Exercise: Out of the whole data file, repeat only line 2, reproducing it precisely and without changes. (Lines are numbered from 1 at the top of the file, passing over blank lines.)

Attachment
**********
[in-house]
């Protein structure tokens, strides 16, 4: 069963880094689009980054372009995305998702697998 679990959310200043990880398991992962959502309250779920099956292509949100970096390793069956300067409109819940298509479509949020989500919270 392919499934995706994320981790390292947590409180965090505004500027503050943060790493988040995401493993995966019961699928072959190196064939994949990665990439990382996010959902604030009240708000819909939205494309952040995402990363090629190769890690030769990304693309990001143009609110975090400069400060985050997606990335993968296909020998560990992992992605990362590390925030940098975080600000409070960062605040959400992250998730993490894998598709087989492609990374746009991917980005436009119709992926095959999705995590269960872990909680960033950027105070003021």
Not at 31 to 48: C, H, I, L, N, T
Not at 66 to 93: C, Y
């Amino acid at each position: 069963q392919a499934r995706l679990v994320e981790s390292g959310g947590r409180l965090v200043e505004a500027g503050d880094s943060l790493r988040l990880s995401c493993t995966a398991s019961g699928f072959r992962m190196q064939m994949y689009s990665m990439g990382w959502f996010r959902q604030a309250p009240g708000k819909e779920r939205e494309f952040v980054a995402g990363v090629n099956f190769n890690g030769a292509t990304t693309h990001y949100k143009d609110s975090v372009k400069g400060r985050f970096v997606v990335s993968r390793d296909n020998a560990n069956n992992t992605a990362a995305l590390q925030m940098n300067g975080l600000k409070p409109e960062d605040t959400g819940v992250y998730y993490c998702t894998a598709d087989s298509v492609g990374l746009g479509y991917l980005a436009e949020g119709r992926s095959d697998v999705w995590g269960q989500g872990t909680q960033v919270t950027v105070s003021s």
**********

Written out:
């Protein structure tokens, strides 16, 4: 069963880094689009980054372009995305998702697998 679990959310200043990880398991992962959502309250779920099956292509949100970096390793069956300067409109819940298509479509949020989500919270 392919499934995706994320981790390292947590409180965090505004500027503050943060790493988040995401493993995966019961699928072959190196064939994949990665990439990382996010959902604030009240708000819909939205494309952040995402990363090629190769890690030769990304693309990001143009609110975090400069400060985050997606990335993968296909020998560990992992992605990362590390925030940098975080600000409070960062605040959400992250998730993490894998598709087989492609990374746009991917980005436009119709992926095959999705995590269960872990909680960033950027105070003021």